[89] Anchor assembly 50 includes a bolt or rod 54 having a spreader 56 at a bottom end of the bolt 54, the spreader 56 having a tapered surface 57 which enlarges toward the bottom end of the bolt 54. The anchor assembly 50 also includes an anchor sleeve 58 through which the bolt or rod 54 may be inserted. The anchor sleeve 58 includes a plurality of gripping segments 60. These gripping segments may be formed of a metallic or polymeric material. The gripping segments 60 have an inner surface 60A and an outer surface 60B. The inner surface 60A may be generally smooth and may have a generally curved shape. Additionally, in some embodiments the inner surface may be tapered such that the thickness of the gripping segments 60 is greater at the top end than at the bottom end. The outer surface 60B of the gripping segments 60, as best shown in Figs. 4C, 5B, and 5C, may include a plurality of raised ridges 63 forming grooves 61. These raised ridges 63 and/or grooves 61 may be used to engage the wall of the hole drilled into the floor 52. In one embodiment, the anchor sleeve may be less than ¾ inches in height and less than ¾ inches in diameter. This anchor sleeve may then be used with a corresponding drilled receiving hole that is ¾ inches or less in depth and ¾ inches or less in diameter. In other embodiments, depending upon the required load, the anchor sleeve 58 and/or hole may have different dimensions. Generally, the diameter and/or height of the anchor sleeve may be increased for situations requiring higher loads and decreased for situations requiring lower loads. For example, in some embodiments, the diameter of the anchor sleeve 58 may be less than about 1 inch, less than about 1.5 inches, less than about 2 inches, or less than about 3 inches. The holes could then be made at corresponding diameters to fit the anchor sleeves 58. Similarly, in some embodiments, the height of the anchor sleeve 58 may be less than about 1 inch, less than about 1.5 inches, less than about 2 inches, or less than about 3 inches, or less than about 6 inches; and the corresponding holes could be made at the correct depth to fit the anchor sleeves 58.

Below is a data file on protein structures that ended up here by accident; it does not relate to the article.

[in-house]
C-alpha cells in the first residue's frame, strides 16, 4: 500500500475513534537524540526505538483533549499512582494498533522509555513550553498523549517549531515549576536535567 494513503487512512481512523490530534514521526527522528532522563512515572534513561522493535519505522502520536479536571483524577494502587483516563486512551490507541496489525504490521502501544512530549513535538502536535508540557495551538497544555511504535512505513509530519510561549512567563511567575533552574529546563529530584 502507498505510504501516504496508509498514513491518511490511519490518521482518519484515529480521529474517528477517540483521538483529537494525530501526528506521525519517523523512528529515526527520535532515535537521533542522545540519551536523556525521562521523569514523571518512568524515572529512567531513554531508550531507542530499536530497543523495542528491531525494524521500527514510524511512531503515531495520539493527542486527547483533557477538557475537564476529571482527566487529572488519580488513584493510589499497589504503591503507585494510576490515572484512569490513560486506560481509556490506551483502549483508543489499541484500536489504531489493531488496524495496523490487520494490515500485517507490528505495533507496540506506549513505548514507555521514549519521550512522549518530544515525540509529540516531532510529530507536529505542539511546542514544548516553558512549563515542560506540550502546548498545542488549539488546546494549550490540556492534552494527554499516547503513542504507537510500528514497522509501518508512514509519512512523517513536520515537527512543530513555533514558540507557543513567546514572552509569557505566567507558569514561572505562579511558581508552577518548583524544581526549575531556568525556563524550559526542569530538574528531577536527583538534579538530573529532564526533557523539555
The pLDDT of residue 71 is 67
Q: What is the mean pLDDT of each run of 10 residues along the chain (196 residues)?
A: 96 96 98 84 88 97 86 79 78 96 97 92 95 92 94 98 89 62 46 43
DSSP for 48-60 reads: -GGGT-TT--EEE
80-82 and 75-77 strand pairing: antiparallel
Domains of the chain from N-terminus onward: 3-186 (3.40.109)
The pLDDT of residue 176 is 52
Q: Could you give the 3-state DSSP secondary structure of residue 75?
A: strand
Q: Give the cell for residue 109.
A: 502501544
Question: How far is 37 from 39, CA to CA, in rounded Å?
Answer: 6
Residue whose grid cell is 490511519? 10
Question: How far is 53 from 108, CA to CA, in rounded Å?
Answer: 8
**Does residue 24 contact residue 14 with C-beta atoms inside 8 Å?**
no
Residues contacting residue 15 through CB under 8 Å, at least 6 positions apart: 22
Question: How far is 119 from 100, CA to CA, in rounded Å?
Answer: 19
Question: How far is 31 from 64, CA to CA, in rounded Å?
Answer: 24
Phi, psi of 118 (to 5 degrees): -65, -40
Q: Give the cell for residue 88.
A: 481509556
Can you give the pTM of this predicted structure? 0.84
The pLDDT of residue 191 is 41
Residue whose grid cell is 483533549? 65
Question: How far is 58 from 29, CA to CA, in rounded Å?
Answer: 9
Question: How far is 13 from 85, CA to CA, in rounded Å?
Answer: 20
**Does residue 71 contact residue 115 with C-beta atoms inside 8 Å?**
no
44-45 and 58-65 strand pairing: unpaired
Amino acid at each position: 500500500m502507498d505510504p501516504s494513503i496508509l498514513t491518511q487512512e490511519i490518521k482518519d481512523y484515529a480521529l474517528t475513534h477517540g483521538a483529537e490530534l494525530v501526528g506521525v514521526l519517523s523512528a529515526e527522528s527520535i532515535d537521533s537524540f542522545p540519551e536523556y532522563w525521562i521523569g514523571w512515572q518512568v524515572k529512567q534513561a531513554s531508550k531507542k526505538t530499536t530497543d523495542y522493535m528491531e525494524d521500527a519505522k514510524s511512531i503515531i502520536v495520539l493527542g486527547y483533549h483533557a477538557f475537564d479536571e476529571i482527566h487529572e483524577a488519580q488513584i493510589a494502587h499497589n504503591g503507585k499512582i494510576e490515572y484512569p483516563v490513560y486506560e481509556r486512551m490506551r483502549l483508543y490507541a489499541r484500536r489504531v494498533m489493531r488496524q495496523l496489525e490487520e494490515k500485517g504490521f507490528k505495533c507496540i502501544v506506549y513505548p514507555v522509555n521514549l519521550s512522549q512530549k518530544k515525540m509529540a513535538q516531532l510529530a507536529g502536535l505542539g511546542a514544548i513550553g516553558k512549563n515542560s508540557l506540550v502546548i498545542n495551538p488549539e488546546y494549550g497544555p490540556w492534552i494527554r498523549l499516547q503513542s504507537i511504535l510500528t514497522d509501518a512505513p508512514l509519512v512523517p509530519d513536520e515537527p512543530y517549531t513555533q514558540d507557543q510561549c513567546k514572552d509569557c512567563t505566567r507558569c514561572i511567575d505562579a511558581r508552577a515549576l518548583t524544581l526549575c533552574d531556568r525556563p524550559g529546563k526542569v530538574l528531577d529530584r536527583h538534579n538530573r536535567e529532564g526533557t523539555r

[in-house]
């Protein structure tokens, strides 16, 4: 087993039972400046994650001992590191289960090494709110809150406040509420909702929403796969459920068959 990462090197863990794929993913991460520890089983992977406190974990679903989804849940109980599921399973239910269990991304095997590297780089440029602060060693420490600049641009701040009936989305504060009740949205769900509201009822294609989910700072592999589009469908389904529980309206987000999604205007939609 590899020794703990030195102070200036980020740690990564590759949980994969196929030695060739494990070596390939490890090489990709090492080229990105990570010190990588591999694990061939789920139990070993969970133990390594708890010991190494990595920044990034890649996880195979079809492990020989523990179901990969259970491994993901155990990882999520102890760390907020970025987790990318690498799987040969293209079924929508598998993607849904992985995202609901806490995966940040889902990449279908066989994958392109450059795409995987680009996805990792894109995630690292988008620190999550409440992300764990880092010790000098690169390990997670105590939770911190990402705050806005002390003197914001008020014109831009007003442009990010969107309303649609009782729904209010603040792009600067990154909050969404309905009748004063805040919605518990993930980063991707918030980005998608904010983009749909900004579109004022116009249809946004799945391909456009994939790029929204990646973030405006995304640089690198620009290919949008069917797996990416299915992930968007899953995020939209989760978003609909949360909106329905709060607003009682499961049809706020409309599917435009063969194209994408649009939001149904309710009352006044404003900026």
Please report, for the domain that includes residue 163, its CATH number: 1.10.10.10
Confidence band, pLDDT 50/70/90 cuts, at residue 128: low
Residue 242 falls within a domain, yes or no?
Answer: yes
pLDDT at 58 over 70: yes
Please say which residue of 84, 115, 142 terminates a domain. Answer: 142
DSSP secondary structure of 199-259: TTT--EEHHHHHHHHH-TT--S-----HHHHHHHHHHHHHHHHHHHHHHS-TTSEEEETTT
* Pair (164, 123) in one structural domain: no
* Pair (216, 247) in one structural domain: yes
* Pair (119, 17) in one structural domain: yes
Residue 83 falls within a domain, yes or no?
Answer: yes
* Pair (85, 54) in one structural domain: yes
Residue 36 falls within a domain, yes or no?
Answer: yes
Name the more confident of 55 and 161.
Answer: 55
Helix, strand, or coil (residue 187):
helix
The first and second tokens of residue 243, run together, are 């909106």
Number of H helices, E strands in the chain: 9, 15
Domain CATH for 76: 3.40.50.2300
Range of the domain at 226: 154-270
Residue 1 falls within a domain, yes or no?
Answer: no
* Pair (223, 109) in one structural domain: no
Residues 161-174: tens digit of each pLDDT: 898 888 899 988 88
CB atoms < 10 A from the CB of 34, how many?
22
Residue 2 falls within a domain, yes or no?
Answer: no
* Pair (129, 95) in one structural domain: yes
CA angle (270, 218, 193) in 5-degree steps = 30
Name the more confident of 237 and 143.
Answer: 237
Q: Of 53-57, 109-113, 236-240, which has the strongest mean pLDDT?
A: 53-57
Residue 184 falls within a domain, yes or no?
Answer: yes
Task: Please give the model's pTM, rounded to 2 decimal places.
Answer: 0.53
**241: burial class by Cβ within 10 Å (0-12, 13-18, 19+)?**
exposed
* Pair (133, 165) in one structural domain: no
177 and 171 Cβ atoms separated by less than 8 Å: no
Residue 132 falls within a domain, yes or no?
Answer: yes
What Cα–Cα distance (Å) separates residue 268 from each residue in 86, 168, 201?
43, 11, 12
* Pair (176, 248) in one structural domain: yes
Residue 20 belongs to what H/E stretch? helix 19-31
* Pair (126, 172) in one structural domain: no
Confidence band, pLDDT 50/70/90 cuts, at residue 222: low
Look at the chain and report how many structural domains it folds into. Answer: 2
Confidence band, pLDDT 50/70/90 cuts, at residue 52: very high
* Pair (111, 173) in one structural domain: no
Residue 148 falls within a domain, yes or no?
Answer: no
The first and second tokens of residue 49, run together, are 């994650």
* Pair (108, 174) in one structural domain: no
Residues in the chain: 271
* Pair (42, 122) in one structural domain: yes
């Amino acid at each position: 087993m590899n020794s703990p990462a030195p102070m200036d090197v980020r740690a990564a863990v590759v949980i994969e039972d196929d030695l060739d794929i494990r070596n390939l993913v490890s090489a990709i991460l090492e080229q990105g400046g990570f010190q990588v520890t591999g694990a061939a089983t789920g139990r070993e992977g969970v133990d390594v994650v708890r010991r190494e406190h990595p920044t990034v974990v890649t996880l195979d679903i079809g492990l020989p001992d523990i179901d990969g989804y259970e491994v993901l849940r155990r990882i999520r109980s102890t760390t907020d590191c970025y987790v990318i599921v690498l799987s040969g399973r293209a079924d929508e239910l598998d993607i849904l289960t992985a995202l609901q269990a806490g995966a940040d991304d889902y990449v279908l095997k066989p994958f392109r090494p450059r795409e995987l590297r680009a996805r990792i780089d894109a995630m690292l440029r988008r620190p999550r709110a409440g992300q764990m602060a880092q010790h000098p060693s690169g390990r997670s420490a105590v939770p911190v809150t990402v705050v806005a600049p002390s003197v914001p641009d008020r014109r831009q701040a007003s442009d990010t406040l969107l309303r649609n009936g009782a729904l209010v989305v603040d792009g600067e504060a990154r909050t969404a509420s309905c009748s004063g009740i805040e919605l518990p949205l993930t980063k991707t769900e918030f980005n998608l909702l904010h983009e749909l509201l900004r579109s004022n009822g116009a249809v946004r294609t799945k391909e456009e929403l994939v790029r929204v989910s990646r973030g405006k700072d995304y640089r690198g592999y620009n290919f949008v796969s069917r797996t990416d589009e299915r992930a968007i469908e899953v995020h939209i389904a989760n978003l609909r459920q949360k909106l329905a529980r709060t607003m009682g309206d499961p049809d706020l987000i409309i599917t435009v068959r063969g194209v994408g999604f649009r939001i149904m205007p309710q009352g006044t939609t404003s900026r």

[90] As best shown in Figs. 4C and 5C, the gripping segments 60 may be connected to each other by a flexible elastomeric member 59. In one embodiment, the elastomeric member 59 may comprise an elastomeric portion 62, or multiple elastomeric portions 62 extending between and/or bonded to each of the gripping segments 60. As shown in Fig. 5C, the elastomeric member 59 comprises a plurality of elastomeric portions 62 extending between and bonding the gripping segments such that the inner surface of the anchor sleeve 58 has a generally circular cross-sectional shape.

[91] The flexible elastomeric portion 62 connects the plurality of gripping segments 60, forming a unitary body. Because of the flexible elastomeric material 62, the anchor sleeve 58 may flex outward, or transversely to the axial direction of the bolt 54. Thus, as a downward force is applied to the anchor sleeve 58, the anchor sleeve is forced over the tapered surface 57 of the spreader 56 causing the gripping segments 60 to move outward at a bottom portion of the anchor sleeve 58. The bottom gripping elements will move outward first thereby causing the anchor to first engage the inside surface of the receiving hole at its bottom where the concrete is the strongest. The outward movement of the anchor sleeve (beginning at the bottom of the receiving hole) thereby exerts increasing pressure on the inside surface of a receiving hole in a floor 52. This outward pressure exerted by the anchor sleeve 58 secures the bolt or rod 54 to the floor 52. In some embodiments, the anchor sleeve is sized such that the top edge of the anchor sleeve seats below the surface of the concrete floor 52. This sub-surface positioning allows the gripping segments 60 to engage the inner wall of the receiving hole and may prevent the gripping segments 60 from chipping the concrete floor at the upper edge of the receiving hole. The anchor sleeve of the invention is usable with all types and conditions of concrete, including concrete that is not quite fully cured.

[92] In an alternative embodiment, the gripping segments 60 of the anchor sleeve 58 may be joined by an elastomeric member 59 comprising one or more elastomeric bands 65. These elastomeric bands or O-rings 65 may wrap around the outer surface 60B of gripping segments 60 to hold the segments 60 together. Such a configuration is shown in Figs. 6A (in a closed position) and 6B (in an extended position). Additionally, this configuration is shown installed with a fence post assembly 43 in a floor 52 in Figs. 6C, 6D (in a closed position) and 6E (in an extended position). Further, this configuration of the anchor sleeve 58 is also shown in Figs. 4D-4F, and Figs. 5D-5F. The bands 65 may be positioned on an outer surface 60B of the gripping segments 60 and/or in the external grooves 61 of the gripping segments 60. Any number of bands 65 may be used to hold the segments together. In the exemplary embodiment of Figs. 6A and 6B, at least two bands are used to hold the segments 60 together. In another exemplary embodiment, at least three or more bands are used to hold the segments 60 together.